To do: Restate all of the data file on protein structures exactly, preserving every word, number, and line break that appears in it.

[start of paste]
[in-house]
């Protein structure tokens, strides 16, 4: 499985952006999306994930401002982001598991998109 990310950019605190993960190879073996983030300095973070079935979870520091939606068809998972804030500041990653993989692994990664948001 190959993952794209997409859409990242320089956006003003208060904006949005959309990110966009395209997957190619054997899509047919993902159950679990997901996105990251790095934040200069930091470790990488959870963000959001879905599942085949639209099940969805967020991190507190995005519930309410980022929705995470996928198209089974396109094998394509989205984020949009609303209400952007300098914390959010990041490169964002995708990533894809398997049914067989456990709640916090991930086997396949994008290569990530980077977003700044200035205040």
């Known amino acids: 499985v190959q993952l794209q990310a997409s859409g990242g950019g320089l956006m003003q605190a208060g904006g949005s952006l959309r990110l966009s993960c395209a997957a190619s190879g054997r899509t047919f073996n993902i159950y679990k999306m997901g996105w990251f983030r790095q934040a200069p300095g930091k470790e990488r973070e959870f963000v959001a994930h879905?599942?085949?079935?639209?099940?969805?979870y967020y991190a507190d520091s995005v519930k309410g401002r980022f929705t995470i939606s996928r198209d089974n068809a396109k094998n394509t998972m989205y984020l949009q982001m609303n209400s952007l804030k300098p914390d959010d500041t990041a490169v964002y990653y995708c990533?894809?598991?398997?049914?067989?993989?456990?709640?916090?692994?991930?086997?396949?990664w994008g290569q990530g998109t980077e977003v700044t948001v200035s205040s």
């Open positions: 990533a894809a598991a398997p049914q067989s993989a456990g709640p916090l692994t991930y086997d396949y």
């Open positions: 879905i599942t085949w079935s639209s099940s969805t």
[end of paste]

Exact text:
[in-house]
């Protein structure tokens, strides 16, 4: 499985952006999306994930401002982001598991998109 990310950019605190993960190879073996983030300095973070079935979870520091939606068809998972804030500041990653993989692994990664948001 190959993952794209997409859409990242320089956006003003208060904006949005959309990110966009395209997957190619054997899509047919993902159950679990997901996105990251790095934040200069930091470790990488959870963000959001879905599942085949639209099940969805967020991190507190995005519930309410980022929705995470996928198209089974396109094998394509989205984020949009609303209400952007300098914390959010990041490169964002995708990533894809398997049914067989456990709640916090991930086997396949994008290569990530980077977003700044200035205040």
């Known amino acids: 499985v190959q993952l794209q990310a997409s859409g990242g950019g320089l956006m003003q605190a208060g904006g949005s952006l959309r990110l966009s993960c395209a997957a190619s190879g054997r899509t047919f073996n993902i159950y679990k999306m997901g996105w990251f983030r790095q934040a200069p300095g930091k470790e990488r973070e959870f963000v959001a994930h879905?599942?085949?079935?639209?099940?969805?979870y967020y991190a507190d520091s995005v519930k309410g401002r980022f929705t995470i939606s996928r198209d089974n068809a396109k094998n394509t998972m989205y984020l949009q982001m609303n209400s952007l804030k300098p914390d959010d500041t990041a490169v964002y990653y995708c990533?894809?598991?398997?049914?067989?993989?456990?709640?916090?692994?991930?086997?396949?990664w994008g290569q990530g998109t980077e977003v700044t948001v200035s205040s």
């Open positions: 990533a894809a598991a398997p049914q067989s993989a456990g709640p916090l692994t991930y086997d396949y």
């Open positions: 879905i599942t085949w079935s639209s099940s969805t």